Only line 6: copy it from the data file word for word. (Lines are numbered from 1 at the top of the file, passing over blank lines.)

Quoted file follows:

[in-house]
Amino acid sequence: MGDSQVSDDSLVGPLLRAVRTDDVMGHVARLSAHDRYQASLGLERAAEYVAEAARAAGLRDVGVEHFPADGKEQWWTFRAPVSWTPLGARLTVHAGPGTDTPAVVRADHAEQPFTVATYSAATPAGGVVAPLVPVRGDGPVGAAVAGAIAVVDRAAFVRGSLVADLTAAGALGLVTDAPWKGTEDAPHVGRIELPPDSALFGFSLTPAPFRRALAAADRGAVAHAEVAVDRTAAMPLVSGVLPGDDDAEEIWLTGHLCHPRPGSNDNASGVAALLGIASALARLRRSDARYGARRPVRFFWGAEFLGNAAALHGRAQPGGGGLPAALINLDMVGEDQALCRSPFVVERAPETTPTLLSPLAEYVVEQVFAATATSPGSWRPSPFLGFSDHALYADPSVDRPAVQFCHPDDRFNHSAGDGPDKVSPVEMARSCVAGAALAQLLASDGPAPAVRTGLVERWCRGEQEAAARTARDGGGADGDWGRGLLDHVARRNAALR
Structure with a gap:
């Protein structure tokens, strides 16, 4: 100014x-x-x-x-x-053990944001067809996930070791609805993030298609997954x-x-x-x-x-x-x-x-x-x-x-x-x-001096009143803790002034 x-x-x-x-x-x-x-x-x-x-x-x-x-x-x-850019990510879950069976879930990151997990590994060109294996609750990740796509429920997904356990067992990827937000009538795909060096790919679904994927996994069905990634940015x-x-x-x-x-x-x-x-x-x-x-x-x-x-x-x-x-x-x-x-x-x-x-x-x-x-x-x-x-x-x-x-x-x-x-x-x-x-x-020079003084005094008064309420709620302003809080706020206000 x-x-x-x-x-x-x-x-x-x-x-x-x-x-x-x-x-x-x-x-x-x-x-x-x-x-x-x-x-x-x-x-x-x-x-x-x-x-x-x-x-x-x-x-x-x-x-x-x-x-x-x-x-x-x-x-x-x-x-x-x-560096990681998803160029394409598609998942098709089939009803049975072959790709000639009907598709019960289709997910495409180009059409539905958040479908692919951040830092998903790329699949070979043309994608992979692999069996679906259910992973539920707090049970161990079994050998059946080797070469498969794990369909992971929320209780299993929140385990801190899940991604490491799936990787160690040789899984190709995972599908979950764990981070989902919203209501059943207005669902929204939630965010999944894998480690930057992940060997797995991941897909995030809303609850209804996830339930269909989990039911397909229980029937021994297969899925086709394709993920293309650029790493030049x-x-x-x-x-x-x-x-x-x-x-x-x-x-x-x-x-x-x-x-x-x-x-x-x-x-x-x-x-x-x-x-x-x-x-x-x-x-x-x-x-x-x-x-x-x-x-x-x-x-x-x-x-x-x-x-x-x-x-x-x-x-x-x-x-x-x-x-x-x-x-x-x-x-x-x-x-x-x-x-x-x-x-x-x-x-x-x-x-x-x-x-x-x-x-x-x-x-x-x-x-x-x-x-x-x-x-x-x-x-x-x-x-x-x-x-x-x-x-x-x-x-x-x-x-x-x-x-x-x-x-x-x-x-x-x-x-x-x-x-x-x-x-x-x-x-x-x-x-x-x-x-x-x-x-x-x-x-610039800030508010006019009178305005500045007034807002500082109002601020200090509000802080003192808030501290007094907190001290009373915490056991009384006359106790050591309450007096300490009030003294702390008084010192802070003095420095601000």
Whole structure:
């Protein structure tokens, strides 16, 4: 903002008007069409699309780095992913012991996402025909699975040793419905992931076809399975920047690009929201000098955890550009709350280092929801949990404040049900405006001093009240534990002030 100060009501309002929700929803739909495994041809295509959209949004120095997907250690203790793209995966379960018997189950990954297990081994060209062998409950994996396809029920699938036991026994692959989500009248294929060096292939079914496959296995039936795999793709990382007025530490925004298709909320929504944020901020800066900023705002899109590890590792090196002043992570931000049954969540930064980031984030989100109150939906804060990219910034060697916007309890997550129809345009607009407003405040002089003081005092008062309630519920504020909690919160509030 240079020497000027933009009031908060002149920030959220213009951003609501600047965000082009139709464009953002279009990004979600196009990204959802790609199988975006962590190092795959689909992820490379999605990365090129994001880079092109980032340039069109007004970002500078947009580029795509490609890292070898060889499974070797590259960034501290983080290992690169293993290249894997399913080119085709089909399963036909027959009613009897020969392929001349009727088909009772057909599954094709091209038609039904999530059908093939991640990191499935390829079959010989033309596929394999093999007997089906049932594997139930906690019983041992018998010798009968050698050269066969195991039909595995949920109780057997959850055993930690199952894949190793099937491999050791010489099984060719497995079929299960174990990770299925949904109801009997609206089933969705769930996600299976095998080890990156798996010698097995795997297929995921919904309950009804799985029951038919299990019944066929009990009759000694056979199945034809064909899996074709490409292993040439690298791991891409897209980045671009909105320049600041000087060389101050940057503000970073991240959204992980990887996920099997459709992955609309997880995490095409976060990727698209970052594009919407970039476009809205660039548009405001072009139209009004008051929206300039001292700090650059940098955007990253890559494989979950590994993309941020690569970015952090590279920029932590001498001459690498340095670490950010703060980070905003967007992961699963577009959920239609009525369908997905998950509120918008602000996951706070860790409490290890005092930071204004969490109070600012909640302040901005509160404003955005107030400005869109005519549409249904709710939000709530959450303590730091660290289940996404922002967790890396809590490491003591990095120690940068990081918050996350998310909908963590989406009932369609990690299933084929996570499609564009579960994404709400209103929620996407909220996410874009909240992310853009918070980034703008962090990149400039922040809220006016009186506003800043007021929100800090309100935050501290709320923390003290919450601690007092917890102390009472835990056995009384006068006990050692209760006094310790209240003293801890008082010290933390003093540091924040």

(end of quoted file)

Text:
């Protein structure tokens, strides 16, 4: 903002008007069409699309780095992913012991996402025909699975040793419905992931076809399975920047690009929201000098955890550009709350280092929801949990404040049900405006001093009240534990002030 100060009501309002929700929803739909495994041809295509959209949004120095997907250690203790793209995966379960018997189950990954297990081994060209062998409950994996396809029920699938036991026994692959989500009248294929060096292939079914496959296995039936795999793709990382007025530490925004298709909320929504944020901020800066900023705002899109590890590792090196002043992570931000049954969540930064980031984030989100109150939906804060990219910034060697916007309890997550129809345009607009407003405040002089003081005092008062309630519920504020909690919160509030 240079020497000027933009009031908060002149920030959220213009951003609501600047965000082009139709464009953002279009990004979600196009990204959802790609199988975006962590190092795959689909992820490379999605990365090129994001880079092109980032340039069109007004970002500078947009580029795509490609890292070898060889499974070797590259960034501290983080290992690169293993290249894997399913080119085709089909399963036909027959009613009897020969392929001349009727088909009772057909599954094709091209038609039904999530059908093939991640990191499935390829079959010989033309596929394999093999007997089906049932594997139930906690019983041992018998010798009968050698050269066969195991039909595995949920109780057997959850055993930690199952894949190793099937491999050791010489099984060719497995079929299960174990990770299925949904109801009997609206089933969705769930996600299976095998080890990156798996010698097995795997297929995921919904309950009804799985029951038919299990019944066929009990009759000694056979199945034809064909899996074709490409292993040439690298791991891409897209980045671009909105320049600041000087060389101050940057503000970073991240959204992980990887996920099997459709992955609309997880995490095409976060990727698209970052594009919407970039476009809205660039548009405001072009139209009004008051929206300039001292700090650059940098955007990253890559494989979950590994993309941020690569970015952090590279920029932590001498001459690498340095670490950010703060980070905003967007992961699963577009959920239609009525369908997905998950509120918008602000996951706070860790409490290890005092930071204004969490109070600012909640302040901005509160404003955005107030400005869109005519549409249904709710939000709530959450303590730091660290289940996404922002967790890396809590490491003591990095120690940068990081918050996350998310909908963590989406009932369609990690299933084929996570499609564009579960994404709400209103929620996407909220996410874009909240992310853009918070980034703008962090990149400039922040809220006016009186506003800043007021929100800090309100935050501290709320923390003290919450601690007092917890102390009472835990056995009384006068006990050692209760006094310790209240003293801890008082010290933390003093540091924040």